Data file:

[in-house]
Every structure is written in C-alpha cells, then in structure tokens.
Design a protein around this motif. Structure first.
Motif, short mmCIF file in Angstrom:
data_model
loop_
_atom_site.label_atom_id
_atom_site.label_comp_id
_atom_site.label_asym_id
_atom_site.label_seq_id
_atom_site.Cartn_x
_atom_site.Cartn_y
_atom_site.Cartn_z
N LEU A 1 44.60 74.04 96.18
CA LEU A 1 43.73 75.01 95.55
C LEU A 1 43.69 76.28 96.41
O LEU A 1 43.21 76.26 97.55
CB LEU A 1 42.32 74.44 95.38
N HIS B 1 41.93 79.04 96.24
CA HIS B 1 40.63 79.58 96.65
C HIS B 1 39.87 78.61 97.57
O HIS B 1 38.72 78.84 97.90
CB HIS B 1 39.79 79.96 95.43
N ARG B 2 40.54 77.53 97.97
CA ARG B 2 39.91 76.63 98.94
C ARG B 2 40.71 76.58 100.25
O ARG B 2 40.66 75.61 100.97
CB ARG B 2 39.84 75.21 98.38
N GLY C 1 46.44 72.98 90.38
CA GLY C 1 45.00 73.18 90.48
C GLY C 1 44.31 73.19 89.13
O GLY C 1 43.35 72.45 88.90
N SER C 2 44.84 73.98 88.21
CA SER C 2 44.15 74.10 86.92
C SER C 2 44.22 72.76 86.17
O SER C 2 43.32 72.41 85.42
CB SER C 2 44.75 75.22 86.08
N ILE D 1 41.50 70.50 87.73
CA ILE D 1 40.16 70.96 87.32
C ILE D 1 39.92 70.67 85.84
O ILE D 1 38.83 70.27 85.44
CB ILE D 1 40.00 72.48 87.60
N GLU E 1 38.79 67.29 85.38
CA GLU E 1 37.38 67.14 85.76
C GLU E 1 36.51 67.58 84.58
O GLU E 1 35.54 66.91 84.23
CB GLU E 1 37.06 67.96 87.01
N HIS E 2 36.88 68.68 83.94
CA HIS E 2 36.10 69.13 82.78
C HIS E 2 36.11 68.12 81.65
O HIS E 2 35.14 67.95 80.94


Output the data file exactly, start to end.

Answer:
[in-house]
Every structure is written in C-alpha cells, then in structure tokens.
Design a protein around this motif. Structure first.
Motif, short mmCIF file in Angstrom:
data_model
loop_
_atom_site.label_atom_id
_atom_site.label_comp_id
_atom_site.label_asym_id
_atom_site.label_seq_id
_atom_site.Cartn_x
_atom_site.Cartn_y
_atom_site.Cartn_z
N LEU A 1 44.60 74.04 96.18
CA LEU A 1 43.73 75.01 95.55
C LEU A 1 43.69 76.28 96.41
O LEU A 1 43.21 76.26 97.55
CB LEU A 1 42.32 74.44 95.38
N HIS B 1 41.93 79.04 96.24
CA HIS B 1 40.63 79.58 96.65
C HIS B 1 39.87 78.61 97.57
O HIS B 1 38.72 78.84 97.90
CB HIS B 1 39.79 79.96 95.43
N ARG B 2 40.54 77.53 97.97
CA ARG B 2 39.91 76.63 98.94
C ARG B 2 40.71 76.58 100.25
O ARG B 2 40.66 75.61 100.97
CB ARG B 2 39.84 75.21 98.38
N GLY C 1 46.44 72.98 90.38
CA GLY C 1 45.00 73.18 90.48
C GLY C 1 44.31 73.19 89.13
O GLY C 1 43.35 72.45 88.90
N SER C 2 44.84 73.98 88.21
CA SER C 2 44.15 74.10 86.92
C SER C 2 44.22 72.76 86.17
O SER C 2 43.32 72.41 85.42
CB SER C 2 44.75 75.22 86.08
N ILE D 1 41.50 70.50 87.73
CA ILE D 1 40.16 70.96 87.32
C ILE D 1 39.92 70.67 85.84
O ILE D 1 38.83 70.27 85.44
CB ILE D 1 40.00 72.48 87.60
N GLU E 1 38.79 67.29 85.38
CA GLU E 1 37.38 67.14 85.76
C GLU E 1 36.51 67.58 84.58
O GLU E 1 35.54 66.91 84.23
CB GLU E 1 37.06 67.96 87.01
N HIS E 2 36.88 68.68 83.94
CA HIS E 2 36.10 69.13 82.78
C HIS E 2 36.11 68.12 81.65
O HIS E 2 35.14 67.95 80.94